A new lawsuit filed in federal court alleges that Los Angeles created new issues and inequities when it amended its cannabis regulations as part of a separate legal settlement earlier this summer, according to Law360.
Three companies that share the same founder and that applied for cannabis dispensary licenses in the city—ARMLA One Inc., ARMLA Two Inc. and Gompers SocEq, Inc—filed the lawsuit Aug. 31, claiming that changes to the original rules favored certain social equity applicants over others. The lawsuit also alleges that the city’s Department of Cannabis Regulation and its executive director, Cat Packer, colluded with certain applicants and awarded them licenses even though they had deficiencies in their application or code violations, according to Law360.
The plaintiffs claim that Packer revoked ARMLA One’s winning application because its dispensary would be located too close to a preschool that was set to open, but the preschool had not yet received a license at the time the application was submitted.
The Social Equity Owners and Workers Association and one of its members filed a separate lawsuit in April, arguing that Los Angeles’ licensing process was “flawed.” The plaintiffs asked the court to force the city to vet all the dispensary license applications it received under its controversial first-come, first-served process that was initiated last fall.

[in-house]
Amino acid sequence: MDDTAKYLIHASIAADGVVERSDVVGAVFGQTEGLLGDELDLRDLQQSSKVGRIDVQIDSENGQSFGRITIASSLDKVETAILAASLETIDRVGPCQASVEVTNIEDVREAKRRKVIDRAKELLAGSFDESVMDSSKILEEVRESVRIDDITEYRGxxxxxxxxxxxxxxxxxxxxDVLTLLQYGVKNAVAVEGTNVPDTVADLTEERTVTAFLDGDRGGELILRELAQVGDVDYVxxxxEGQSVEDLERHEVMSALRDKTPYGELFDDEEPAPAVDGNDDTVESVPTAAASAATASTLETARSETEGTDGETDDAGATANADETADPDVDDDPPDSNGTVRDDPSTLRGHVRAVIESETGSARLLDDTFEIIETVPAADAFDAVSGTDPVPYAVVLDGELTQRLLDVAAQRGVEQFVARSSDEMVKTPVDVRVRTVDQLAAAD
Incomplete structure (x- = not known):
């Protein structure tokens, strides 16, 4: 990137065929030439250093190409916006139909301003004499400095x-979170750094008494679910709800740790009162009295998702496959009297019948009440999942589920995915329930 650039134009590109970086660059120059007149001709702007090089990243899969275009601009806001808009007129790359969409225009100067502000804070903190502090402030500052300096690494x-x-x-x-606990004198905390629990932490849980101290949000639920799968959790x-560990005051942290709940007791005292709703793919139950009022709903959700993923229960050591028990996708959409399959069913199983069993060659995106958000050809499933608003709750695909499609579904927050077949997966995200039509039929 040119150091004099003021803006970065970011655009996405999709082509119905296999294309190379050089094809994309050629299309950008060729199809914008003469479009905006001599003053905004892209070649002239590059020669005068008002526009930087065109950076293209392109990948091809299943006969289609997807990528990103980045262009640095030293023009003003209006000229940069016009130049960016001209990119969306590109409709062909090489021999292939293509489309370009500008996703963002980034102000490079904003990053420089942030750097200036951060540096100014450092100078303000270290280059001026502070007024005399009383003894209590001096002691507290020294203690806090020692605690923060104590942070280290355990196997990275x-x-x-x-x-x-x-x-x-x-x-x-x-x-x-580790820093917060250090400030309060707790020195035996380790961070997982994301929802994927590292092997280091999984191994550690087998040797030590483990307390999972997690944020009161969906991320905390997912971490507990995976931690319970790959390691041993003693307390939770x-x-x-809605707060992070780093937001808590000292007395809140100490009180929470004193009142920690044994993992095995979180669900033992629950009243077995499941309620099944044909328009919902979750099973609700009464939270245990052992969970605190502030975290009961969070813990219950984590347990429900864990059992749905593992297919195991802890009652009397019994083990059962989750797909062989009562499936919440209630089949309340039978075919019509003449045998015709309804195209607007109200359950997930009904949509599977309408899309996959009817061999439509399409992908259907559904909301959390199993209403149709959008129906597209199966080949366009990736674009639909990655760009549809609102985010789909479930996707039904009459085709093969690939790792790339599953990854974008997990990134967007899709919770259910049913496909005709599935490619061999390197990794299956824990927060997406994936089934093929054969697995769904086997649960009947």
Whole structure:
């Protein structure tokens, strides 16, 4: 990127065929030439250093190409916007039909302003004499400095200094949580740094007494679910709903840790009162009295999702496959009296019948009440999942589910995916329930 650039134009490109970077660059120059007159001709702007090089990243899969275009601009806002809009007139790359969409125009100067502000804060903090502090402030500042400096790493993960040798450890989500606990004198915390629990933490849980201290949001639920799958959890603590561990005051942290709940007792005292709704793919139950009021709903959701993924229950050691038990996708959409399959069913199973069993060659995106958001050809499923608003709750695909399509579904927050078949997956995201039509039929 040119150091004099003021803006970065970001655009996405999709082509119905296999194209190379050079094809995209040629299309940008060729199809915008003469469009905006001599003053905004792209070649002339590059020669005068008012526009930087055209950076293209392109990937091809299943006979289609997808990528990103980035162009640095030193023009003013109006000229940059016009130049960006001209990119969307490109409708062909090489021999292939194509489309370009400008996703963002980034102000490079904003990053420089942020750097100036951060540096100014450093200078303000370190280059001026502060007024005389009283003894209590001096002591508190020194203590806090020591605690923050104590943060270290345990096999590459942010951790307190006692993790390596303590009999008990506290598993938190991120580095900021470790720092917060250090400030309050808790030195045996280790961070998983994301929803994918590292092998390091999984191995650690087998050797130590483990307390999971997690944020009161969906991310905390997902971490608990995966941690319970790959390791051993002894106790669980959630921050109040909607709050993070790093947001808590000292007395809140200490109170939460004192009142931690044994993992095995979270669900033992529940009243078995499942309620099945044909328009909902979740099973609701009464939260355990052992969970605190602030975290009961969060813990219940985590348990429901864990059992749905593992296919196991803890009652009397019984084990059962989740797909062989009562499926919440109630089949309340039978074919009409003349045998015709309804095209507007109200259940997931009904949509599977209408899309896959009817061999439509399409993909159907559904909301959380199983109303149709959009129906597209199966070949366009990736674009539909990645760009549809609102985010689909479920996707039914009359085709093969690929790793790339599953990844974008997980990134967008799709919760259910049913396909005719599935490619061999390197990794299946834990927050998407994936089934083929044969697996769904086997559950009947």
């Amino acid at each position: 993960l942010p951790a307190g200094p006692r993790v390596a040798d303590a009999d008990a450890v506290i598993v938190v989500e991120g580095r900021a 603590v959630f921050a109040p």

Among the rule changes were tweaks to narrow the areas designated as most disproportionately impacted by prohibition and a complete revamp of how the next round of dispensary licenses would be issued.
The changes doubled the number of social equity applicants under consideration to 200, but the new lawsuit alleges that the revised rules unfairly benefited the plaintiffs in the previous lawsuit, and claims that the new residency requirements for social equity applicants violate the dormant commerce clause, according to Law360.
The plaintiffs are asking the court to declare the residency requirement unconstitutional, and are also seeking unspecified damages and an injunction that would require regulators to reinstate or reconsider their cannabis retail applications, according to Law360.